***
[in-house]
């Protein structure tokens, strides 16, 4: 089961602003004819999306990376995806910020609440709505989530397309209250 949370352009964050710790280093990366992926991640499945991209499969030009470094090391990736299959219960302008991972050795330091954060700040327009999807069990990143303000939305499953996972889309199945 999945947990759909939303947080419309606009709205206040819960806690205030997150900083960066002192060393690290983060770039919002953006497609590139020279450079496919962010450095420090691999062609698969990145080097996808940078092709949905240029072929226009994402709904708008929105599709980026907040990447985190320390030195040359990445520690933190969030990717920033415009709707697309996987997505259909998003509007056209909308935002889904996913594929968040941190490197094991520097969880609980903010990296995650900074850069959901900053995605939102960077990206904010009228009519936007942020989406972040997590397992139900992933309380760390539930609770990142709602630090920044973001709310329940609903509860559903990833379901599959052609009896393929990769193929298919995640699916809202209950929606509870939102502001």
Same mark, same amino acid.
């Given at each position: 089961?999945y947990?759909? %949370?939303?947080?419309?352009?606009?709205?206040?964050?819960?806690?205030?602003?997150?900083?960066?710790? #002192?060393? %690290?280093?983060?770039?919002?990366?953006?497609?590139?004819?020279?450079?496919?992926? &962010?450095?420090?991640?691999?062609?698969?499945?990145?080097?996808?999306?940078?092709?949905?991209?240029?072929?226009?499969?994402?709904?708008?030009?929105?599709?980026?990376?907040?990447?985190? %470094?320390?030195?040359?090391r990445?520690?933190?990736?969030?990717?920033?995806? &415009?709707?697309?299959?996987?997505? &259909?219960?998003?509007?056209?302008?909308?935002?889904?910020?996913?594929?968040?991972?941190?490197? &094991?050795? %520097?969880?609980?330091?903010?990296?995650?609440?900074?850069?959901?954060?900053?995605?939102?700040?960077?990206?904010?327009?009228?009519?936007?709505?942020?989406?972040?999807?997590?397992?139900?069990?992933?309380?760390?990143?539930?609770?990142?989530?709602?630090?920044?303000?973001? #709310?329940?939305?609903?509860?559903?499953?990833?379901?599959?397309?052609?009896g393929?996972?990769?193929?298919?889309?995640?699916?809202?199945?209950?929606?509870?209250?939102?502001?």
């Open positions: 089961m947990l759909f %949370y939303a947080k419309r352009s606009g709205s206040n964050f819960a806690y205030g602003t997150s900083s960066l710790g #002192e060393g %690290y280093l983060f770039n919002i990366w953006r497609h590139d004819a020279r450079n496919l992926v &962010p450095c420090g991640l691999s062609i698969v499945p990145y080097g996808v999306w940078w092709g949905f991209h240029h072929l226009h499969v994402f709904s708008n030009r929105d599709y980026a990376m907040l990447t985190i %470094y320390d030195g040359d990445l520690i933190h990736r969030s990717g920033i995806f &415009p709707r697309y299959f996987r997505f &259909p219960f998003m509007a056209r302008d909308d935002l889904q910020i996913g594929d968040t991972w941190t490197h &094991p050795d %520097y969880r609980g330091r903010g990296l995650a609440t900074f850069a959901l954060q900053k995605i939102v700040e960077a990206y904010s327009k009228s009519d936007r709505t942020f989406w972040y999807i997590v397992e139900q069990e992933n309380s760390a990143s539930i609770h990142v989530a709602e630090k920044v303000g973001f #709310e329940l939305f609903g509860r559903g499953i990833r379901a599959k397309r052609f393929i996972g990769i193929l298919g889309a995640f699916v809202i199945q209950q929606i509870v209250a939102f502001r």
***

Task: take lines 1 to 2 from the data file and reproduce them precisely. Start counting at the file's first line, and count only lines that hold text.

[in-house]
């Protein structure tokens, strides 16, 4: 089961602003004819999306990376995806910020609440709505989530397309209250 949370352009964050710790280093990366992926991640499945991209499969030009470094090391990736299959219960302008991972050795330091954060700040327009999807069990990143303000939305499953996972889309199945 999945947990759909939303947080419309606009709205206040819960806690205030997150900083960066002192060393690290983060770039919002953006497609590139020279450079496919962010450095420090691999062609698969990145080097996808940078092709949905240029072929226009994402709904708008929105599709980026907040990447985190320390030195040359990445520690933190969030990717920033415009709707697309996987997505259909998003509007056209909308935002889904996913594929968040941190490197094991520097969880609980903010990296995650900074850069959901900053995605939102960077990206904010009228009519936007942020989406972040997590397992139900992933309380760390539930609770990142709602630090920044973001709310329940609903509860559903990833379901599959052609009896393929990769193929298919995640699916809202209950929606509870939102502001």